6. The enrolled widows were widows (probably in need) who were over 60 (and who probably would not remarry), who were committed to service (v. 10). The characteristics suggest that she was independently a person known for her service (and not just as a mother). The emphasis, however appears to be upon the commitment required for Christian service and the difficulty in maintaining that commitment. True widows (those who qualify for financial assistance) should not necessarily be equated with enrolled widows (those singled out for service).
      7. Exclusion of the younger widows from enrollment (vs. 11 – 13) probably relates to problems with enrollment previously (v. 15).
      8. A key point, frequently overlooked, is that single women (in this case older widows) may be uniquely qualified to render service to the church.
    2. Titus 2:3 – 5 and the teaching younger women.
      1. This passage is not addressed specifically to widows, but given that it is addressed to older women, it can reasonably be included here.
      2. Once again, the setting of this passage is advice of Paul to Titus regarding a series of pastoral problems which had arisen among the local churches of Crete. The specific problem was that the congregations were not properly organized to resist the inroads made by unorthodox teachers who were ruining “whole households” (v. 1:11).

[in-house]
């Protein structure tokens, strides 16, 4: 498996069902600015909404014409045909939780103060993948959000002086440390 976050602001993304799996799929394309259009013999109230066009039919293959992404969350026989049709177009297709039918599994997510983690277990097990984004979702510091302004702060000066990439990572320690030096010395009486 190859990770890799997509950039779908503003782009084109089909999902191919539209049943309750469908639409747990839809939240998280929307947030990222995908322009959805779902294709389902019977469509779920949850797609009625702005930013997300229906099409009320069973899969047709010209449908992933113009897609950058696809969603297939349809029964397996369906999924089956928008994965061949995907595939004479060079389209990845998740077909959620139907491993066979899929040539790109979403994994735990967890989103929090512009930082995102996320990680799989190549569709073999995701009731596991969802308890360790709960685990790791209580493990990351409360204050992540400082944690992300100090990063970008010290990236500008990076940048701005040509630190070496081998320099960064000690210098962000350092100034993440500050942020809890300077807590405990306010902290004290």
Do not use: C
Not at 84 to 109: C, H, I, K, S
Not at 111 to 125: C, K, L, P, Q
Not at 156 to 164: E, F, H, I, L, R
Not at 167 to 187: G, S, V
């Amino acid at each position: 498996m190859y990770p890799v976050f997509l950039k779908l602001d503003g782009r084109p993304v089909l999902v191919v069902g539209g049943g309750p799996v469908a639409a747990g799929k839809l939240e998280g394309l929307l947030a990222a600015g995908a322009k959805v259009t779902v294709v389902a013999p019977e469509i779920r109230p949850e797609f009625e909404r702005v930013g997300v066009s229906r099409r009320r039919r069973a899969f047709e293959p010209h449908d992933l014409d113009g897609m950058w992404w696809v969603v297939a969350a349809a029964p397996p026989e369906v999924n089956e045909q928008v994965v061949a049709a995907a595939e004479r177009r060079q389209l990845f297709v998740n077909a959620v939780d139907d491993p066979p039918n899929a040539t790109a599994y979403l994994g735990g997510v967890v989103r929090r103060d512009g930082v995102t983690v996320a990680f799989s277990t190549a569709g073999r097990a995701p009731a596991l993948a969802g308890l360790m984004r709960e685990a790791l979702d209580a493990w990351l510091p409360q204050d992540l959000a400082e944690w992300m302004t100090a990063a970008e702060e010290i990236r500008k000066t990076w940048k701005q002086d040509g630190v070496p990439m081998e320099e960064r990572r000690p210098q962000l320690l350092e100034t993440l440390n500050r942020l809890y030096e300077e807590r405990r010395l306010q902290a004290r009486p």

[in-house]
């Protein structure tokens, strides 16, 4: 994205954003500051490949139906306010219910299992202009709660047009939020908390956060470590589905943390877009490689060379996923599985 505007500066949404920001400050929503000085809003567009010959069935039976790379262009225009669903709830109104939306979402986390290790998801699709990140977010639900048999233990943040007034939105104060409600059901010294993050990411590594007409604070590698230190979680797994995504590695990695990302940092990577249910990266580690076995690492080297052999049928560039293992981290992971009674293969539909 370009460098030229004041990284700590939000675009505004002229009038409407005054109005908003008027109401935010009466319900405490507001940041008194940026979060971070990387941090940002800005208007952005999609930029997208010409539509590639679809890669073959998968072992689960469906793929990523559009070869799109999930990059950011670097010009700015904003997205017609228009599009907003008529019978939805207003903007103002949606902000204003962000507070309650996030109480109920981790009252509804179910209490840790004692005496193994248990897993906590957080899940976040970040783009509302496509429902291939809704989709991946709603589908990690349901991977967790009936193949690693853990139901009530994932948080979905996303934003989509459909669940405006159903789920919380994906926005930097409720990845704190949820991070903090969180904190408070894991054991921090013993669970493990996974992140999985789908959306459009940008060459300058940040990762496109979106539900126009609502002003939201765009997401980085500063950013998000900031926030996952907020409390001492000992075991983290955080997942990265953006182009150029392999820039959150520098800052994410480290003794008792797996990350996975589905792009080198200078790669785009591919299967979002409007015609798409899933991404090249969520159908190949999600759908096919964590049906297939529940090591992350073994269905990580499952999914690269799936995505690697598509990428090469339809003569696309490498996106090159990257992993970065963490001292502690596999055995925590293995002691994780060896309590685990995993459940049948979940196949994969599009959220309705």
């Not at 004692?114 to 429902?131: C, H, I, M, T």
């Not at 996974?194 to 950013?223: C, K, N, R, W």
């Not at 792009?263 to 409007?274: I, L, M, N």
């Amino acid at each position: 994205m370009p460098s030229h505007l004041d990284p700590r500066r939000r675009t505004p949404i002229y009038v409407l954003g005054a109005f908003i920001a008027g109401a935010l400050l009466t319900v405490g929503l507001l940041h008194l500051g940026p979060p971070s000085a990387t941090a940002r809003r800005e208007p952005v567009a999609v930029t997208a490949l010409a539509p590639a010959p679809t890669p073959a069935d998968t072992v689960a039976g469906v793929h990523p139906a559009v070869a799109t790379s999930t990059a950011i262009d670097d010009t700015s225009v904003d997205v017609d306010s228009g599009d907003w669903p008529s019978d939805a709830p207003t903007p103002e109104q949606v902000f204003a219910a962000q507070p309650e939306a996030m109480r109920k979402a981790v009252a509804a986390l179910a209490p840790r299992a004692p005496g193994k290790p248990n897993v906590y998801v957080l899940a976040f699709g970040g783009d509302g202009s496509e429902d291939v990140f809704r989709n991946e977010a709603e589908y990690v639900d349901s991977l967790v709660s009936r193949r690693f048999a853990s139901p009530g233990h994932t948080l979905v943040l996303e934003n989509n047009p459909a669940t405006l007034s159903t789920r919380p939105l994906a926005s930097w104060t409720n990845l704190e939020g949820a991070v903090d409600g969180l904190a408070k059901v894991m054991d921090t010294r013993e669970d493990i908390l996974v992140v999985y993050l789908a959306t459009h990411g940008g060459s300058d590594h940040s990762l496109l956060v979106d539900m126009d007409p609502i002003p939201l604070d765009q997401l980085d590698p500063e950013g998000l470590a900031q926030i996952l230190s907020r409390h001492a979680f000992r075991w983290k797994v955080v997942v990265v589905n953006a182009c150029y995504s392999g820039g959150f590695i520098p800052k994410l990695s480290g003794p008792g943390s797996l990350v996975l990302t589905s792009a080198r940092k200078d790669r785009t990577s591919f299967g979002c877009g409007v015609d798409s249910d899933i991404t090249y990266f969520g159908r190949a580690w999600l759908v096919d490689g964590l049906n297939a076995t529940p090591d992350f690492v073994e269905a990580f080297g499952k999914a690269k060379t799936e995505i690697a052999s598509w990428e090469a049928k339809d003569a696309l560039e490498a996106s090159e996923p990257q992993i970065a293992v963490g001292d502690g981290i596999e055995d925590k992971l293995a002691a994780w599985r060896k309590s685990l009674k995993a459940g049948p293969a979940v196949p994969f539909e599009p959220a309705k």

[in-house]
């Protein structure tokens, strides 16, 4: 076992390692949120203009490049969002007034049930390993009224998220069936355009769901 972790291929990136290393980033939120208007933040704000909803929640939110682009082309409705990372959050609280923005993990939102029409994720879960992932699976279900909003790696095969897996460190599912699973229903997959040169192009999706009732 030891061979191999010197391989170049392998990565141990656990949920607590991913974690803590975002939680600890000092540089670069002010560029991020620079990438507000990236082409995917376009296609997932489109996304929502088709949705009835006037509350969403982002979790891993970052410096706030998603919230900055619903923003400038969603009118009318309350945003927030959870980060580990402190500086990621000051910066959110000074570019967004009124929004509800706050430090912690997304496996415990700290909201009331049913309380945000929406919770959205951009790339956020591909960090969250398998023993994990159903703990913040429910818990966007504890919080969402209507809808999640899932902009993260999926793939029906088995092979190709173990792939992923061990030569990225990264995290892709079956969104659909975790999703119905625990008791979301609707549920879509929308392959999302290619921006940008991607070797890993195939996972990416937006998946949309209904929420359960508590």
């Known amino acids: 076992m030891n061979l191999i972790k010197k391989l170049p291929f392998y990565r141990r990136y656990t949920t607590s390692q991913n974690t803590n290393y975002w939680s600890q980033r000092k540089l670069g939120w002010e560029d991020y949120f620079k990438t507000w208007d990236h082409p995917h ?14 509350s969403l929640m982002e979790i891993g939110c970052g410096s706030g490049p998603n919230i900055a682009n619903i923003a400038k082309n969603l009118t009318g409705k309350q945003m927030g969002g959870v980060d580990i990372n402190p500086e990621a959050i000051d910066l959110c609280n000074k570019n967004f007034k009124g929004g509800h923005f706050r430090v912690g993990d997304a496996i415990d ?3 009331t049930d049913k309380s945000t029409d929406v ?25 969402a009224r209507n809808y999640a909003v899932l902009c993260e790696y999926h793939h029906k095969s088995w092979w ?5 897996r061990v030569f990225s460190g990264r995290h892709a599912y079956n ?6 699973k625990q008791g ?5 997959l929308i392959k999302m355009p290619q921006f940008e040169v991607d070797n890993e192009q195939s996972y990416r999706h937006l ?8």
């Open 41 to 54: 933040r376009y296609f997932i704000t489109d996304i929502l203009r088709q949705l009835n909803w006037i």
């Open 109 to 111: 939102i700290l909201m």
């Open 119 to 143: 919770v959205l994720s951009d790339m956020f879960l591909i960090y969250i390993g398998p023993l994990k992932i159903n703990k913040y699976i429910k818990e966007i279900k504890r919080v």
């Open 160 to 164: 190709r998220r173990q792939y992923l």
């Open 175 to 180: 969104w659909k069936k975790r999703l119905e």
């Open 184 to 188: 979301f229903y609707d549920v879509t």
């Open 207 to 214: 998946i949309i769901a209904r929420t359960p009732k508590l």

3. The advice regarding women is set in a section of the letter providing advice to various groups (older men, young men, slaves).
      4. The contrast between reverent and slanderous (v. 3) is key. Reverent suggests the demeanor of those who handle holy things in a holy way and slanderers suggest the devil.
      5. The older women are to teach what is good (probably by verbal teaching as well as practical example), especially about responsibilities at home. Perhaps Paul is saying that domestic virtues depend for transmission from one generation to the next upon adequate communication and instruction from mother to daughter.
      6. The controversy regarding this passage is the translation of the Greek word oikouros which is rendered “keepers at home” in the KJV and “busy at home” in the NIV. Some have suggested that this means women are to “stay at home” and therefore their work is at home. “Workers at home” or “domestic” is probably a better rendering.
    3. I Corinthians 7:8 – 24
      1. Paul is responding to specific questions forwarded to him by the Corinthians in Chapter 7. The context of the passage probably derives from questions related to the proper use of liberty in Christ, specifically questions regarding behaviors of “super-spiritual” Christians who had used their freedom in Christ such that they had defiled their bodies and souls (vs. 6:12, 13, 19, 20).